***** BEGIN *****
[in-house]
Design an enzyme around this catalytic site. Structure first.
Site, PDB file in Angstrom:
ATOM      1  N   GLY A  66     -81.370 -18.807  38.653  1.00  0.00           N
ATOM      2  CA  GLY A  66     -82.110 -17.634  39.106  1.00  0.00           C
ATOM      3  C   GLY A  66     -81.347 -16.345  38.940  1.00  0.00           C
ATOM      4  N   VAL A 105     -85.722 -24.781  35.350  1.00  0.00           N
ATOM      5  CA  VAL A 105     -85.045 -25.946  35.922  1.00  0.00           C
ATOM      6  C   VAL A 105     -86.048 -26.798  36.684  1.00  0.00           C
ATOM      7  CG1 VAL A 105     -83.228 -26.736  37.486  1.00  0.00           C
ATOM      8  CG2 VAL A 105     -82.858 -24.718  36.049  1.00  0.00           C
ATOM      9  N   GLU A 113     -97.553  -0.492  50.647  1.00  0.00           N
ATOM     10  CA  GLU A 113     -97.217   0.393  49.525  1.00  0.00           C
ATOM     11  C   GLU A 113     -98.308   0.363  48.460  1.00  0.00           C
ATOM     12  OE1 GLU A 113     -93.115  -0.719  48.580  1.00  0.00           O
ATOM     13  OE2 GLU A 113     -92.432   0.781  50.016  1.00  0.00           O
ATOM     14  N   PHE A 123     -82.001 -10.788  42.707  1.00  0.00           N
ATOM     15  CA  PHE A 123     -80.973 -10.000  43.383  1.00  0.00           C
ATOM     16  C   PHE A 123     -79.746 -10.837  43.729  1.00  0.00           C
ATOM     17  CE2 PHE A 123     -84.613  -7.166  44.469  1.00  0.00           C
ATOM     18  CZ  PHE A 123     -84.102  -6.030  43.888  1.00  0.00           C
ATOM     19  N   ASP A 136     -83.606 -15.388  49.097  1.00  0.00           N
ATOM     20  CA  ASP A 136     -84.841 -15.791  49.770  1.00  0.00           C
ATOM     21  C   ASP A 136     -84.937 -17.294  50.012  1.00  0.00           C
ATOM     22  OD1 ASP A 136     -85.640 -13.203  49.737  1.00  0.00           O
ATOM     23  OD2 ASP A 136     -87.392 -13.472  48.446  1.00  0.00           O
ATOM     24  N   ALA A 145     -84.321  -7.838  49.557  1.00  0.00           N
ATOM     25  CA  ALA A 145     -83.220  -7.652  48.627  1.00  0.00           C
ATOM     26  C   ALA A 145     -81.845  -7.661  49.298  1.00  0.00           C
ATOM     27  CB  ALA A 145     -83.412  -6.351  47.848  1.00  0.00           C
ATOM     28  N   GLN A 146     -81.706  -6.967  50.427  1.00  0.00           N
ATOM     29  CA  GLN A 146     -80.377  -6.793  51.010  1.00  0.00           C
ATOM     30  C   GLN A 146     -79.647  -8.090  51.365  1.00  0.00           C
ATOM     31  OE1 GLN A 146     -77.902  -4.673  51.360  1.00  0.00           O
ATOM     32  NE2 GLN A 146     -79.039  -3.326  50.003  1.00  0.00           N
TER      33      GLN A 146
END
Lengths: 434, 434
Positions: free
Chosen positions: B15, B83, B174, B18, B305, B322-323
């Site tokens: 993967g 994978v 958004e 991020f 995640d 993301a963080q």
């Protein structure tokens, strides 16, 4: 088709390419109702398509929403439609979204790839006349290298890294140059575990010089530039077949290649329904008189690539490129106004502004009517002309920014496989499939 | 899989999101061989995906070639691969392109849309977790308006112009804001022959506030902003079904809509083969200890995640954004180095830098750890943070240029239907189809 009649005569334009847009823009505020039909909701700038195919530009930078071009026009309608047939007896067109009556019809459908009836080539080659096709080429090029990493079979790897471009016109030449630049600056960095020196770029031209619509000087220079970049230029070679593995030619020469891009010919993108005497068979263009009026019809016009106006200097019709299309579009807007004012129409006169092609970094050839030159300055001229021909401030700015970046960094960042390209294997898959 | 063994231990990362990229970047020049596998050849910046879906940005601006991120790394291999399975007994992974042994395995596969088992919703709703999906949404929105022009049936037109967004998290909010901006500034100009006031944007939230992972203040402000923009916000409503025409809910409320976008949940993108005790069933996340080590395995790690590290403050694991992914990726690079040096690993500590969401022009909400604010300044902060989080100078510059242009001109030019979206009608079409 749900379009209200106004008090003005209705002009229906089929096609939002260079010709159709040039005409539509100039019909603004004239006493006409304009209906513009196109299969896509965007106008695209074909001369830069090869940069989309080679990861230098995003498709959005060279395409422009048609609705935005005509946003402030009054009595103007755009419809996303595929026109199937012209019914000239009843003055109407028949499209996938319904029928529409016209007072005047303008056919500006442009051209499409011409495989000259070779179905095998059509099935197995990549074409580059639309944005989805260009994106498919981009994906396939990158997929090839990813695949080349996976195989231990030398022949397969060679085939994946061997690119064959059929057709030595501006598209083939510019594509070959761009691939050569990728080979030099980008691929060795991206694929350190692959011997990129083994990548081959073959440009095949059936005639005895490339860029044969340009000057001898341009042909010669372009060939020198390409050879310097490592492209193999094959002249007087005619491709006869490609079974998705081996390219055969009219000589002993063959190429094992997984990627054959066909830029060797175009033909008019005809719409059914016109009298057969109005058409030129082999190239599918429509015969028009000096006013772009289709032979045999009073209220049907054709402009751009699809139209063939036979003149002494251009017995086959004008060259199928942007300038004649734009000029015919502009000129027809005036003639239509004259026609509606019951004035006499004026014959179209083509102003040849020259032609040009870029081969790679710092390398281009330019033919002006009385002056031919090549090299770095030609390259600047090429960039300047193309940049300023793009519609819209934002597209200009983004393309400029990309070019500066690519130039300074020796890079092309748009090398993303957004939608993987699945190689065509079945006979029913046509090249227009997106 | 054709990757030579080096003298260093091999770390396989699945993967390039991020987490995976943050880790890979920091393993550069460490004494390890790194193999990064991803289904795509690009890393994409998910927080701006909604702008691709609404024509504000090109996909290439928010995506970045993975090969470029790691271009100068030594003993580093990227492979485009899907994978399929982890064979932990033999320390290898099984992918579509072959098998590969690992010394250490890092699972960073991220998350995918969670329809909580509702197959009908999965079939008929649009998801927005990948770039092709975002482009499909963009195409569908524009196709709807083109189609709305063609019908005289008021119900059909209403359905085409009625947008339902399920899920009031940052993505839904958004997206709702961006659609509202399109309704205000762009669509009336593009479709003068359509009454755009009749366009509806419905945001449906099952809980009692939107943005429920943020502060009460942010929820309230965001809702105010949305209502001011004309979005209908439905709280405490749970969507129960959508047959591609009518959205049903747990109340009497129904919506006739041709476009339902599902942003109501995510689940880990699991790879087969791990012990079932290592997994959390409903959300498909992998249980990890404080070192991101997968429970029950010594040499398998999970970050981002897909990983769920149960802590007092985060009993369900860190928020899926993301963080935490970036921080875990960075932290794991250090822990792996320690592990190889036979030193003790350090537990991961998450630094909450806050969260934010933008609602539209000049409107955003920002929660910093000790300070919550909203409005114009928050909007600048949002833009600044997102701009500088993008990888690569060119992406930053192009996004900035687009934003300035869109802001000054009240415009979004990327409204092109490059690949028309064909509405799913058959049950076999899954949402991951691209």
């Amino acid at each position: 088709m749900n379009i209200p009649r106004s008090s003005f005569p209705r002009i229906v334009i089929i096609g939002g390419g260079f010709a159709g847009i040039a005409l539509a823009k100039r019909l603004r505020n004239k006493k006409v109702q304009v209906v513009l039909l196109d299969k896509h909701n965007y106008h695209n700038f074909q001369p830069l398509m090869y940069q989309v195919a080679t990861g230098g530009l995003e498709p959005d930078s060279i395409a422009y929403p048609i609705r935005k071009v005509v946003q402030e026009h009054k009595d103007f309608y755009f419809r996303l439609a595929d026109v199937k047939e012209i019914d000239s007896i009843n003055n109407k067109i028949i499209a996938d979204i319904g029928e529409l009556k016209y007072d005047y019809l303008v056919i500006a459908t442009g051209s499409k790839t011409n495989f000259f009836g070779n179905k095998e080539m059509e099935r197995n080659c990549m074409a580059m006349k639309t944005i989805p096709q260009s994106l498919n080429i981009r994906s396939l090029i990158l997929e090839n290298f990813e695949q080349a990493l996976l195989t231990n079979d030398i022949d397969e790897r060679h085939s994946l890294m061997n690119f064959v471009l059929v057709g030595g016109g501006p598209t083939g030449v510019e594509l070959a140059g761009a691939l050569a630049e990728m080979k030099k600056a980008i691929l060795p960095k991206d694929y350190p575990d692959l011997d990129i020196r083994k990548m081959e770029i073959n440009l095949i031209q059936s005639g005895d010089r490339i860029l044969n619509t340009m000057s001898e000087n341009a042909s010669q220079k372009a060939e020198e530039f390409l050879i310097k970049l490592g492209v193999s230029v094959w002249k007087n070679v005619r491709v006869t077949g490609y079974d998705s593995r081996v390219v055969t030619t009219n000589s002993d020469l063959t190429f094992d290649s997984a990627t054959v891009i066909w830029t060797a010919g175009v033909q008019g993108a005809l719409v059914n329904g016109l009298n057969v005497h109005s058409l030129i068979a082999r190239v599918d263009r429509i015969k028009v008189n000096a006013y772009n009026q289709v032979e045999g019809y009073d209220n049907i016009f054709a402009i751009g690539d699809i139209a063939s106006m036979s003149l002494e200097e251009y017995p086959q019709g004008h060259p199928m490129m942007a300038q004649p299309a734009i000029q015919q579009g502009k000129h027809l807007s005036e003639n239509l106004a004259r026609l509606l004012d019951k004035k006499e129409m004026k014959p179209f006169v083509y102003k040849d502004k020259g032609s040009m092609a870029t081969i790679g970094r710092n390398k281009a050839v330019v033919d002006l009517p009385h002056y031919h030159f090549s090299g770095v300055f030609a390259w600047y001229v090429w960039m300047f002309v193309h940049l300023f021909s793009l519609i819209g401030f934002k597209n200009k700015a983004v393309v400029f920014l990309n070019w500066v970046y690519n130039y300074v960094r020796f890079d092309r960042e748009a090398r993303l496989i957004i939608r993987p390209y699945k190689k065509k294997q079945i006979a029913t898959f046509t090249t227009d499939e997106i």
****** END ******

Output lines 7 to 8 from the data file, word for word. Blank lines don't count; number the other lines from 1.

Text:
ATOM      4  N   VAL A 105     -85.722 -24.781  35.350  1.00  0.00           N
ATOM      5  CA  VAL A 105     -85.045 -25.946  35.922  1.00  0.00           C